I have built plenty of parts with foam cores in my garage and hangar. No special tools or facilities. If your molds are good enough to lay gelcoat and glass in them then they are good enough to lay gel coat, glass, 1/4" core material, then glass and vacuum bag. The honeycomb core lays into almost anyshape. Its pretty easy to even make a homebuilt vacuum bagging system. Probably to hard to do for a one piece body but for fenders, hoods and doors...not hard at all. We vacuum bag wings all the time and they fairly large parts. Wings also have curves in them them.
    I bet you could do a nice light carbon part buy using 2 plies carbon on the mold with a quarter inch core and 1 ply carbon on the inside of the part. If I had a mold I'd give it a try.
    vonjet this is exactly the formula that was given me by a guy that used to make Indy car parts. Is coremat what you are talking about using or the material that is filled with air bubbles?

    Mike

  7. #7
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    Re: Foam Core Bodies

    the stuff Im talking using in car bodies is this:
    AHN 7800 is an Commercial Grade Nomex honeycomb particularly suited for use where resistance to corrosive attack and moisture are important. This material exhibits good strength characteristics and is fire resistant. It is available in a variety of cell sizes and densities to suit most purposes. Typical applications include lightweight non-structural bulkheads for ships, joiner panels, shelters, antennas, and auto body panels. This material also exhibits good thermal insulation properties and also has good dielectric properties. This honeycomb is easily machined, formed, and shaped and well suited to adhesive bonding.

    A 4x8 sheet of the 1/4" stuff is about $280 bucks. Its expensive but I think you would use a lot less glass and resin so you would probably break even using this as a core than trying to build up your parts. I dont think it would take more than 3 sheets to complete a LP640 body.
    I would love to make a carbon front fender of an LP640 with this stuff. I bet it would be light as heck, strong too. My problem is I dont know how to make molds. I can make a part but I've never made a mold.

  8. #8
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    Re: Foam Core Bodies

    Quote Originally Posted by turmite
    Quote Originally Posted by vonjet
    I have built plenty of parts with foam cores in my garage and hangar. No special tools or facilities. If your molds are good enough to lay gelcoat and glass in them then they are good enough to lay gel coat, glass, 1/4" core material, then glass and vacuum bag. The honeycomb core lays into almost anyshape. Its pretty easy to even make a homebuilt vacuum bagging system. Probably to hard to do for a one piece body but for fenders, hoods and doors...not hard at all. We vacuum bag wings all the time and they fairly large parts. Wings also have curves in them them.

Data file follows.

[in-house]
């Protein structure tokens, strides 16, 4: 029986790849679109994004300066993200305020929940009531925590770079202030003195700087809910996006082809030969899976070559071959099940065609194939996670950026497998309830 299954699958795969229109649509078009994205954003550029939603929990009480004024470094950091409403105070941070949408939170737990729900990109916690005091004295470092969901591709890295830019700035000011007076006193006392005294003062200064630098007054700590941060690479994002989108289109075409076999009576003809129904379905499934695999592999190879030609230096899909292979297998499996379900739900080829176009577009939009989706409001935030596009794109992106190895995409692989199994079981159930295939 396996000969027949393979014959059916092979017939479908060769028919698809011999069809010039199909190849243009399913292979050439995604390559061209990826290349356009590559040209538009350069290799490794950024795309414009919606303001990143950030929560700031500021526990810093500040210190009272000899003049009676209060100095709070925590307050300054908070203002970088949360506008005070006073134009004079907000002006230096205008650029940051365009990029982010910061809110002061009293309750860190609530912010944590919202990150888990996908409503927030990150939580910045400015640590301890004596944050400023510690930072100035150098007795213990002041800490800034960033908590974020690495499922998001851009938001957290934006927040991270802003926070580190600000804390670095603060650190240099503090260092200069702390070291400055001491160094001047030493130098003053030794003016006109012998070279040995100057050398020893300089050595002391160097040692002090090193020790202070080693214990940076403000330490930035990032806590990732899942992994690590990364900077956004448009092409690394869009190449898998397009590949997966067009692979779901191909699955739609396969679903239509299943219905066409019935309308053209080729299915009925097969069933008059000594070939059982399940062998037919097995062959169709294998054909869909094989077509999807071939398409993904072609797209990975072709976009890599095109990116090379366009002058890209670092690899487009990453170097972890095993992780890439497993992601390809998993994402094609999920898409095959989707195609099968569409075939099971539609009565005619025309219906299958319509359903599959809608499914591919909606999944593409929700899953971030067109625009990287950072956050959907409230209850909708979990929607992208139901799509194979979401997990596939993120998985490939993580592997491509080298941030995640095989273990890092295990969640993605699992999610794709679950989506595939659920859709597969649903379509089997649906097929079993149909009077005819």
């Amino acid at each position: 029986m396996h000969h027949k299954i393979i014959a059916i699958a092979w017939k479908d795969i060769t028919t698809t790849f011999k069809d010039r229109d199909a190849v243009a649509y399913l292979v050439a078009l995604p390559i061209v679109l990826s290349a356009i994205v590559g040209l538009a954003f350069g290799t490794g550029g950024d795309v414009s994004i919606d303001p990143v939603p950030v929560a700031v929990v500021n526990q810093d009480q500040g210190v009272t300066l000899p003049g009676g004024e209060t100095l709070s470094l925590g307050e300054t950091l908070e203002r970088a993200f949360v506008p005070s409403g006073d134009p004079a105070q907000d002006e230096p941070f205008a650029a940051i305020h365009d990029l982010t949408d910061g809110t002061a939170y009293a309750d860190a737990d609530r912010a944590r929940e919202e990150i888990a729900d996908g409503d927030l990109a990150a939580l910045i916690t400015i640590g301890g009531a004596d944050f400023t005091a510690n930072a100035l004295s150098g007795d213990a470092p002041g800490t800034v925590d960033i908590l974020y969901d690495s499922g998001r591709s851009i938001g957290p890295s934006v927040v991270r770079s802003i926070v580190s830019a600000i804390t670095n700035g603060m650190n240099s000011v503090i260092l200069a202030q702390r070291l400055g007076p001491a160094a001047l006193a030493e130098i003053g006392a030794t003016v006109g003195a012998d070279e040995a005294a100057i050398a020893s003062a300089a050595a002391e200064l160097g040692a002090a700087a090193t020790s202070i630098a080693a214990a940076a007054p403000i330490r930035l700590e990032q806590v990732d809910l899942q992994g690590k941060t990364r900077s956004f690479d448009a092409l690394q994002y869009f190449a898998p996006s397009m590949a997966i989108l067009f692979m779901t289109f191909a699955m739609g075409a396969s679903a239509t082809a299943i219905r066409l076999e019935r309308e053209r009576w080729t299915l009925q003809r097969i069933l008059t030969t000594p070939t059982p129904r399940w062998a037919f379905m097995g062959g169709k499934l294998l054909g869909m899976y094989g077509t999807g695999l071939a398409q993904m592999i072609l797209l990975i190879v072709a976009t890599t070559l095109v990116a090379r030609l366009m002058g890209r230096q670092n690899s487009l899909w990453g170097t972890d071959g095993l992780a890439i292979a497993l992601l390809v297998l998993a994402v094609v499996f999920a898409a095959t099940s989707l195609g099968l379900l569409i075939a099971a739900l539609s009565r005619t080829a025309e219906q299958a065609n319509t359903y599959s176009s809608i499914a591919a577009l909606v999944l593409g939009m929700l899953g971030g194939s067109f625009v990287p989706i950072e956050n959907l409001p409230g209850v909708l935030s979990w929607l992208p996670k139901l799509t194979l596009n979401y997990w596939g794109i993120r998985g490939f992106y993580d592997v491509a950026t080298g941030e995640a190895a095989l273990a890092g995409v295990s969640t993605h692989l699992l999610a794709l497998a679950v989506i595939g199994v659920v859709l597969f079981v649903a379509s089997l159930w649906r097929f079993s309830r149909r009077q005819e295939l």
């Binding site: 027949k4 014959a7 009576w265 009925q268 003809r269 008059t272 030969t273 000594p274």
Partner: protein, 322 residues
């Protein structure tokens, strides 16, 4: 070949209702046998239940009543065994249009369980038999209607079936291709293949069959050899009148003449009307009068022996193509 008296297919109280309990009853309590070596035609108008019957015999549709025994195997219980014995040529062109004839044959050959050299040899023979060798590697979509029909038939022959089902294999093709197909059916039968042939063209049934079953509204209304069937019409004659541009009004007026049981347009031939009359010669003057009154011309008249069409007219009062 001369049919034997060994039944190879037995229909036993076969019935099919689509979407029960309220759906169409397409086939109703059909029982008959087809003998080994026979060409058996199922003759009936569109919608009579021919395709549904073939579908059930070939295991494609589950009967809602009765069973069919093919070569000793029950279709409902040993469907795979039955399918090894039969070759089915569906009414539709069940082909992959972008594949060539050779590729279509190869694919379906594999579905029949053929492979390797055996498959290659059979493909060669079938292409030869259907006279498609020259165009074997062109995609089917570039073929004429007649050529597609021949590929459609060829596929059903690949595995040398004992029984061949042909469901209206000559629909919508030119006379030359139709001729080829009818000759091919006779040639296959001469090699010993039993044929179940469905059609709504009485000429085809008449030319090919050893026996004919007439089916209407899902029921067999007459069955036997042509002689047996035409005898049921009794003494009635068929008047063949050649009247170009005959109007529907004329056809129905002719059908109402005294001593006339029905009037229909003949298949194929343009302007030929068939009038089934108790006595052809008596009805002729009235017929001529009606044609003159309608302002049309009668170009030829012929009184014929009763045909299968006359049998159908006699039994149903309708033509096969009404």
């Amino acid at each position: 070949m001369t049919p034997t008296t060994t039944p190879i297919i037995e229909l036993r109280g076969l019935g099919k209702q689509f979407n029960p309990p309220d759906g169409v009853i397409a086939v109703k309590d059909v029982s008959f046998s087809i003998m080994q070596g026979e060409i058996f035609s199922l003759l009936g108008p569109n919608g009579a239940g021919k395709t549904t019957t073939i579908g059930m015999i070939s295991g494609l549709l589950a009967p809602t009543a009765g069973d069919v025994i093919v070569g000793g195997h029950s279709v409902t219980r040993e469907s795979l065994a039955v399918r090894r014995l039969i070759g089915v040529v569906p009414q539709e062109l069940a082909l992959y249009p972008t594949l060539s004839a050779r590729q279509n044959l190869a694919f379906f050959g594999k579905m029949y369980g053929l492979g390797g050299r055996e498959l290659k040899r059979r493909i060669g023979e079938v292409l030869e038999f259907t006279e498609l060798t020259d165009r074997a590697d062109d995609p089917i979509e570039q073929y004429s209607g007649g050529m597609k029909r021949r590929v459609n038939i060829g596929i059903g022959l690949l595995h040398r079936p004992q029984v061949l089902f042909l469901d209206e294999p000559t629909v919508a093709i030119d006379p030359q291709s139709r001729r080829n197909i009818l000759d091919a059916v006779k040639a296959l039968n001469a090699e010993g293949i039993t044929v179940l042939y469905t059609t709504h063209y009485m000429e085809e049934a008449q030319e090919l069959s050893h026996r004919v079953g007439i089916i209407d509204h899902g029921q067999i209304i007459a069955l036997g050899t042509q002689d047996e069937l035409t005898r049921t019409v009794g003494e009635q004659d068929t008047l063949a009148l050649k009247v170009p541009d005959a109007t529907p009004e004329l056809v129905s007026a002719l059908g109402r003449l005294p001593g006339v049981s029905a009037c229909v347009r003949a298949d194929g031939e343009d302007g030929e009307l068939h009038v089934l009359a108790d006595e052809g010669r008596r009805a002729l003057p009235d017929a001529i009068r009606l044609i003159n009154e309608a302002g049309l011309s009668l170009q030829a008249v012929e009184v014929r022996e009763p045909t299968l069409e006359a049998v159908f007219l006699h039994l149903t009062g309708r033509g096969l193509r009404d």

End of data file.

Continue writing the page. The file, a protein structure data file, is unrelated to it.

I bet you could do a nice light carbon part buy using 2 plies carbon on the mold with a quarter inch core and 1 ply carbon on the inside of the part. If I had a mold I'd give it a try.
    vonjet this is exactly the formula that was given me by a guy that used to make Indy car parts. Is coremat what you are talking about using or the material that is filled with air bubbles?

    Mike
    can you post some pics of the process its really interesting to learn or atleast to watch others do it, thanks

  9. #9
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    Re: Foam Core Bodies

    Actually you can by pass all that mess, bother and equipment if you use the RTM Lite system. You need to build the proper flange around your molds (Fairly easy process) and lay up a cover or lid. If you are making new molds you design them to use RTM Lite process right from the beginning. You can take old molds and adapt them over but it takes a little more skill and planning. However once you have the molds setup properly you can pop out perfect light weight finished panels as fast as you can re-fill the molds. We built our own vacumn pump and made our own mixer gun to inject with but this link has info on the process and equipment ... http://www.rtmcomposites.com/lrtm.html
    This is really the future for small production fiberglass and do it yourself-ers ( no mess, no odor ).


  10. #10
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    Re: Foam Core Bodies

    Just curious, how is that process any simpler or easier than vacuum bagging? It appears to very similar but you have to have proper molds to use it and large enclosures to cover your parts whereas vacuum bagging doesn't really require any special changes to your mold all your do is bag it and seal it. There is a lot of material that gets wasted in vacuum bagging but its inexpensive and for parts like ours that only need 1 finished side seems the easiest to me.